This outcome shows that we get two rows here. The “Credit_Hrs” of the first row that we access here is “3,” and the second one is “5”, as we have selected “3” and “4” Credit_Hrs for accessing these two rows.

Example 03: Using DataFrame.iloc[ ] Method

Here we start this code and import the “pandas as pd”. The DataFrame’s name is “Stock” in this instance. We are instructed to add some data, so we name the first column as “Items” and enter the “Milk”, “Sponch”, “Ball”, “Rubber”, and “Puff” into this “Items” column. After that, we added the “Stationery” column, in which we include “Pointer”, “Register”, “Remover”, “Ink,” and “Marker”. The “Quality” column is next, and we are adding the quality values as “Good”, “Best”, “Superb”, “Average,” and “Good” to it.

We display the “Stock” with the support of the “print ()” statement. Now, there is the “DataFrame.iloc[ ]” method below, and we place the “2” index value for getting the index 2 row and save it as a “Data” variable. After this, we have a “print ()” which renders this row on the terminal of the “Spyder”.

The index 2 row contains three values which are “Ball”, “Remover”, and “Superb”. So, it accesses this row and renders below.

Example 04

Update example 3 here and select two index values for accessing three rows. The “Product” DataFrame is created here with the same data as in example 3 and also renders this. We choose three different index values here and put them in two square brackets. We choose “0”, “2”, and “4” index values. So, these three rows are selected and stored in the “Data1” variable. We render all three rows also by putting the “print ()” function here.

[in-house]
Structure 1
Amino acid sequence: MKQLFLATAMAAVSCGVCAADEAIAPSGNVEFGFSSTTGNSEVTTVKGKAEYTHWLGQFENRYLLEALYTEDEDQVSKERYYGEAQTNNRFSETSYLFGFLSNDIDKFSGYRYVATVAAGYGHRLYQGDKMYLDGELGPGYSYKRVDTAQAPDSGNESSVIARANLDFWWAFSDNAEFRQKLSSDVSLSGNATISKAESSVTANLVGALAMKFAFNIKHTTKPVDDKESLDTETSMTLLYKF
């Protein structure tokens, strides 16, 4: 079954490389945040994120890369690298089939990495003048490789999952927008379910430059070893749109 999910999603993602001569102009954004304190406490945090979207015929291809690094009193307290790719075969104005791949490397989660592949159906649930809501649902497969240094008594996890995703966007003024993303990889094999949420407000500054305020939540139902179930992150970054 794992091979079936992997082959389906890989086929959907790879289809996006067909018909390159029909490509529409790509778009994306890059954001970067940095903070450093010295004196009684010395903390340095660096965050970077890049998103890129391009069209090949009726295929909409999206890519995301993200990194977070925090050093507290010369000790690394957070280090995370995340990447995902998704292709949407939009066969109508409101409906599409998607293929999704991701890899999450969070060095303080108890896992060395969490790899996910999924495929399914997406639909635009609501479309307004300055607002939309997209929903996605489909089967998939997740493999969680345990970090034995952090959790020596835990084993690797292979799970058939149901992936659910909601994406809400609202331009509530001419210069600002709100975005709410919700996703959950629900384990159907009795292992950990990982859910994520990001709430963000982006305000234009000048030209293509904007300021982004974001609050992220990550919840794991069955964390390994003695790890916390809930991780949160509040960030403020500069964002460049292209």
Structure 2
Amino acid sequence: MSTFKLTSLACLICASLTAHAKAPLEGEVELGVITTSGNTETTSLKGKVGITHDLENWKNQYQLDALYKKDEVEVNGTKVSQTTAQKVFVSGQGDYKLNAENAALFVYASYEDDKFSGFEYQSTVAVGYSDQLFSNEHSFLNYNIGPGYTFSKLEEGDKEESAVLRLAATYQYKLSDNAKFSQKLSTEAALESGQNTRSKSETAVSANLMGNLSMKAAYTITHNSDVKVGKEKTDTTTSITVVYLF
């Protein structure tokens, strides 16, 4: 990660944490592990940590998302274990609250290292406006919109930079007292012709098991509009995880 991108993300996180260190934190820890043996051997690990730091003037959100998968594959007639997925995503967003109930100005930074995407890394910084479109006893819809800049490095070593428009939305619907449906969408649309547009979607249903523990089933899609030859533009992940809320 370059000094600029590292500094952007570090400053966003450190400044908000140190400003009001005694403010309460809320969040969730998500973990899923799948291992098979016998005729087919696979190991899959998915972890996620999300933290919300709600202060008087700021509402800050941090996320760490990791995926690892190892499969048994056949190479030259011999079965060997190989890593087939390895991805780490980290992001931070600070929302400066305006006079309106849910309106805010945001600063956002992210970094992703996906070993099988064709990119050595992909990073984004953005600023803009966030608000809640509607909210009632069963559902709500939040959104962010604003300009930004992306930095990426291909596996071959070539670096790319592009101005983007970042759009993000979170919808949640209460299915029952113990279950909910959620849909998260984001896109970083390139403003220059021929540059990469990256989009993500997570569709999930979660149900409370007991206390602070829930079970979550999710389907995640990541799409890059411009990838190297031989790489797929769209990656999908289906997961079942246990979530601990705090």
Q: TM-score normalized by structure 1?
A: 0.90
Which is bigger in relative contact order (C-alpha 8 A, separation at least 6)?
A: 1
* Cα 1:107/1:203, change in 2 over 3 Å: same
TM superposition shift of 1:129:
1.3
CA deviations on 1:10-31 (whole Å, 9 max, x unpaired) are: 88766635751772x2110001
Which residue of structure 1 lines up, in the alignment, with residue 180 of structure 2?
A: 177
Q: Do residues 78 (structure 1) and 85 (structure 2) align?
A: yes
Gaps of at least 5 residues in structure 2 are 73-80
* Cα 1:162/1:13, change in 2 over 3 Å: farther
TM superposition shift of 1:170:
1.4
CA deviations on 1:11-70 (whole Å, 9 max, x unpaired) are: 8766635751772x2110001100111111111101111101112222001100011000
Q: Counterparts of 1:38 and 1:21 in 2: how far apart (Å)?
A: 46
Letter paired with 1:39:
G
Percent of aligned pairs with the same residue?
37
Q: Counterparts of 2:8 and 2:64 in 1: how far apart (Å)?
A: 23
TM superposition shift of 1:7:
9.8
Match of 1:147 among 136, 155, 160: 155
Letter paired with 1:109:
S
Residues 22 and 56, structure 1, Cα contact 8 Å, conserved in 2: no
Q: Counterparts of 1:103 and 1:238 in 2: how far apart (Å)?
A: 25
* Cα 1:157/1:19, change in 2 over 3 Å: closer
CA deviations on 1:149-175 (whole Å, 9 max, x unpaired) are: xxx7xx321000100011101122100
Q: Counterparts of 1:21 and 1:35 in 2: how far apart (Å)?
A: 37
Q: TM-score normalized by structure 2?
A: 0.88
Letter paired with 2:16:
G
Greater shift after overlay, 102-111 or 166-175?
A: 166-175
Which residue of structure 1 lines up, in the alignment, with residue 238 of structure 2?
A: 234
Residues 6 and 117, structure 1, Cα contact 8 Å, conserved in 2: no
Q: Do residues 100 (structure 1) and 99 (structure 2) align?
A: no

First, you can see the full DataFrame, and below, you can observe that it prints the selected rows as we access these three rows by consuming the “DataFrame.iloc[ ]” method.

Example 05

We again have a DataFrame here in this code with the name “Sale”. After displaying this “Sale” DataFrame, we directly put the “DataFrame.iloc” method in the print statement. So, it will access and also print the accessed rows. Here “:3” is utilized, which means we are accessing the first three rows here.

The output renders the whole DataFrame as well as the first three rows of the DataFrame below, as we have accessed these three rows by defining them in the “DataFrame.iloc[ ]” method.

Example 06

In this code, we will access the alternative rows. After defining and printing the original DataFrame, we place the “DataFrame.iloc” method as the parameter of the print statement and set “[::2]” in it, which represents that we want to access the alternative rows from this given DataFrame. It will access the alternative rows and also print them on the terminal.

Look at this output, and check that after displaying the full DataFrame, it accesses the alternative rows from this DataFrame and displays them below the original DataFrame.


We have written this tutorial to help you understand how to “access rows by index” in “pandas”. We have defined two methods here, which are the “DataFrame.loc[ ]” method and the “DataFrame.iloc[ ]” method, and also performed multiple examples in which we utilize both methods and access rows in different ways. We have also rendered the outputs along with the code scripts. We have explained each code in depth here. I hope you will easily learn how to access the rows by index and which methods are used for accessing the rows by index in “pandas”.

About the author

Aqsa Yasin

I am a self-motivated information technology professional with a passion for writing. I am a technical writer and love to write for all Linux flavors and Windows.